Please Note: Blog posts are not selected, edited or screened by Seeking Alpha editors.

Do Euphemisms Help?

He who must not be named/Voldemort

Do Euphemisms Help? When there is a useful, descriptive word that means what one intends to communicate, is it helpful to replace it with convoluted, indirect words in order to help the feelings of the listener? Some examples of frequently euphemized words that have fallen into some level of disrepute:

  • Black
  • Boy
  • Bum
  • Dead
  • Dumped
  • Fat
  • Girl
  • Fired
  • Man
  • Poor
  • Rich
  • Slum
  • White

These are each a single syllable and mean precisely what they are intended to communicate. There is little wrong with them judged by reason or efficiency. When someone stops being alive, they are dead. Depending upon the amount of melanin produced by melanocytes in the basal layer of the epidermis, one might be called either black or white. Lots of money? Rich. Little or none? Poor. Your employer is done with you? Fired. Able bodied man of working age who does not support his children? Bum. I don't see any problems conveying their meaning.

The problem is with empathy. They can be construed as insensitive, especially to the young. Is this true and is it important? I put this to readers as an open question because I am on weak grounds in terms of answering. I zealously focus on being rational and efficient, but have never been as good at being empathetic and sensitive. There is a cost to avoiding direct language, but is there a durable benefit?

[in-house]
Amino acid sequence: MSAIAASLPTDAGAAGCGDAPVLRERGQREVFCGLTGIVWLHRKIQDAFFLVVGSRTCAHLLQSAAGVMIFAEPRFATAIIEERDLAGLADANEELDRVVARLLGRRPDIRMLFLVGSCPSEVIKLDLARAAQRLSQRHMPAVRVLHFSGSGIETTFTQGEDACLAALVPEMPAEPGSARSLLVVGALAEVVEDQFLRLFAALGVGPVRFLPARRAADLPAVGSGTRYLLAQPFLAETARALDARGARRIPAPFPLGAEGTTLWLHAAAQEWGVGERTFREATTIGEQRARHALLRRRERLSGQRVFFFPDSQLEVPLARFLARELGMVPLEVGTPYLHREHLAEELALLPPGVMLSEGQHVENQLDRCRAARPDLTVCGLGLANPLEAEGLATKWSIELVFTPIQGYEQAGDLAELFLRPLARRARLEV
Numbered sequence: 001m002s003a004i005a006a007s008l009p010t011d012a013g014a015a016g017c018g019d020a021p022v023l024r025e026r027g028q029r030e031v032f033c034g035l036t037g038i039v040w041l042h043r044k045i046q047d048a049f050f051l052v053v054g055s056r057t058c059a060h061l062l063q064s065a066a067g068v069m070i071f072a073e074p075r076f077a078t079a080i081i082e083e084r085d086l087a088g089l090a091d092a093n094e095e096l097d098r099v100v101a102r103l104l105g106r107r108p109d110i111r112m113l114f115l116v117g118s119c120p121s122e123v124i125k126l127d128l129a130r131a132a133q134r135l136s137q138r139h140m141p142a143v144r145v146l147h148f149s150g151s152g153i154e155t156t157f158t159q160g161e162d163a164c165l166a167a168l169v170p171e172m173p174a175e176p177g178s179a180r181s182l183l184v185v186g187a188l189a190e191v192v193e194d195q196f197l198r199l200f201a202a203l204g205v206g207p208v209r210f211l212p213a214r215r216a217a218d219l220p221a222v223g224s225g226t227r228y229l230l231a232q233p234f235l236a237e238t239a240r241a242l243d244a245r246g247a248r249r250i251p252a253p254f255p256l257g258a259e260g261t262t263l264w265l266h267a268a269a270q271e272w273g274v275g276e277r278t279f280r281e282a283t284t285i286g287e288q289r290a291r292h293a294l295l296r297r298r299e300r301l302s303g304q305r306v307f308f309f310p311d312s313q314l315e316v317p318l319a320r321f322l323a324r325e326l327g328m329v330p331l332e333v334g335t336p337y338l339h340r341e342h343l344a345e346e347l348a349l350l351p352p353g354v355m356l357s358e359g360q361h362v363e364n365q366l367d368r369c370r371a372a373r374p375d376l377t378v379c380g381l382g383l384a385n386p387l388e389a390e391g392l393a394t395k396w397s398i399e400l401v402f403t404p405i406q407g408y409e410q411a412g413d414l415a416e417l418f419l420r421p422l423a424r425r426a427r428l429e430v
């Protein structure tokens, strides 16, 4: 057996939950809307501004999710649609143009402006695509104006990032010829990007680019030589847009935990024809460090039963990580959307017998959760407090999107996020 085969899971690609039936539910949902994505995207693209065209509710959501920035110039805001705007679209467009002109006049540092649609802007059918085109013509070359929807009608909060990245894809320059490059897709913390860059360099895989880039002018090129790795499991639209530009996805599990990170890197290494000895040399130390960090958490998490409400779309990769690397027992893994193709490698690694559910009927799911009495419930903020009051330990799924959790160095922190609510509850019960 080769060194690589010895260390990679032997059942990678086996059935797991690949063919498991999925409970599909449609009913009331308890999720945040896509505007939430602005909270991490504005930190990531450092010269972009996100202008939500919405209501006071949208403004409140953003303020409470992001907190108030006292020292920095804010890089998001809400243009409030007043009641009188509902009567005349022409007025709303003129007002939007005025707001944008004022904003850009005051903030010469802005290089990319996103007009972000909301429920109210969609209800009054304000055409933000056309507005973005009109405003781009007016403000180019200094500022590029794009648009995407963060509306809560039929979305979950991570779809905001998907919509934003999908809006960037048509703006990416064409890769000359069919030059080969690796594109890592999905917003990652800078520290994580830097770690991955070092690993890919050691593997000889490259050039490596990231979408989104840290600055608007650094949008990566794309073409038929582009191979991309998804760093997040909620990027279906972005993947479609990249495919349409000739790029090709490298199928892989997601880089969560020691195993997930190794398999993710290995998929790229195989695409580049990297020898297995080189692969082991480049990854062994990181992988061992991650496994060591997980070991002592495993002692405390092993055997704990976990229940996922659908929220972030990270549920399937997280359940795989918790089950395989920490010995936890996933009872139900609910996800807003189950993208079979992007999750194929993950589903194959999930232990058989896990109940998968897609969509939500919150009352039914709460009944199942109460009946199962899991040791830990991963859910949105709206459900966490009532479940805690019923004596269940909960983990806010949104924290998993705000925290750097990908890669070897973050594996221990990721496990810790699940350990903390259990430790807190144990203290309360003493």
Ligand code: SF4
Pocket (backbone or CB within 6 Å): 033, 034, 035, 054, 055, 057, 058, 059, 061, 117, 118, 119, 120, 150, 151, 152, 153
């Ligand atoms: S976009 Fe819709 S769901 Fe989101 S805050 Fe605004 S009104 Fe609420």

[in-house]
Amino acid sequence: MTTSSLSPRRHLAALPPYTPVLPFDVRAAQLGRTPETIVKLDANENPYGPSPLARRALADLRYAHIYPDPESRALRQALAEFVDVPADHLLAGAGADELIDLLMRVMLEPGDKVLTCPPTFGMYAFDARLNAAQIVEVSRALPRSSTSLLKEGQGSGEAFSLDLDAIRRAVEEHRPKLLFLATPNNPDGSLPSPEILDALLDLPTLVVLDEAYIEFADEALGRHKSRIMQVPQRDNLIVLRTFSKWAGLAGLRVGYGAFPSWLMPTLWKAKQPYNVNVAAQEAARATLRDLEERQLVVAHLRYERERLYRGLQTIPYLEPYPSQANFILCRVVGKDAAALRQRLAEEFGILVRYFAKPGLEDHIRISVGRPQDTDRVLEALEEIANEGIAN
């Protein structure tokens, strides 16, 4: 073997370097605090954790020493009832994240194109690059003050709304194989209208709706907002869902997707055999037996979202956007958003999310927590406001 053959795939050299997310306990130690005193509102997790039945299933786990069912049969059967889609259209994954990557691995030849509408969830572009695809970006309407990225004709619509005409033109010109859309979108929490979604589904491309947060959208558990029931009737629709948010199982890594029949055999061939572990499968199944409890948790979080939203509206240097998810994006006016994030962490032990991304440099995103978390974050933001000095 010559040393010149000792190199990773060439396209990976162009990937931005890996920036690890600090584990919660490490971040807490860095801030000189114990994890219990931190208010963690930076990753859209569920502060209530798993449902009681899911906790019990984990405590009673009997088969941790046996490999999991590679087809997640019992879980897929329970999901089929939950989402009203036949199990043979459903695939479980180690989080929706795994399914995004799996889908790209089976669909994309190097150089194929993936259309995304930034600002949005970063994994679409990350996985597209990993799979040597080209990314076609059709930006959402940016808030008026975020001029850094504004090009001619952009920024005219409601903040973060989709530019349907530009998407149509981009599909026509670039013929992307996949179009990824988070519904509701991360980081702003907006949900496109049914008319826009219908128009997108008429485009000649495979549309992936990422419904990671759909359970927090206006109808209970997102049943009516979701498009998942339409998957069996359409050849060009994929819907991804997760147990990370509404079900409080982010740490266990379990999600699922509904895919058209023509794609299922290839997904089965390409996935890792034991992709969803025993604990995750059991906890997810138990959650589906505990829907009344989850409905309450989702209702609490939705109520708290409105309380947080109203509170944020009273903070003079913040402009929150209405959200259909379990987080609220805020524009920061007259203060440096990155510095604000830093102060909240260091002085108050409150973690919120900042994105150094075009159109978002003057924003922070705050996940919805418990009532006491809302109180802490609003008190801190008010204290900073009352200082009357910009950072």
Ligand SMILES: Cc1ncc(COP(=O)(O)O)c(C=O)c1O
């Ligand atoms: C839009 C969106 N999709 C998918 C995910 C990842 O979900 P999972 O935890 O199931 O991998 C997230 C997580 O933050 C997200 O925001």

One potential weakness is that the studied avoidance of direct language implies some deep power in such words. Modern American culture is deeply entranced by a certain anti-snobbery snobbery in which people must pretend to not even notice the kinds of differences that we are supposed to respect. This extends to patent dishonesty. Such failure to use readily available words also infantilizes the listener. It implies that he might spontaneously combust were some truth spoken.

If a listener knows a truth and knows that you know a truth, is it still important to pretend that a relevant and useful truth goes unspoken? Should we play pretend games with adults of sound mind to protect their feelings? Maybe. But maybe there is a catharsis in unadulterated reason and efficiency. Maybe people are better and stronger than we are giving them credit for. If we want to acknowledge the importance of both respect and reality, then perhaps both causes could be better served by plain language.

Voldemort, Voldemort, Voldemort.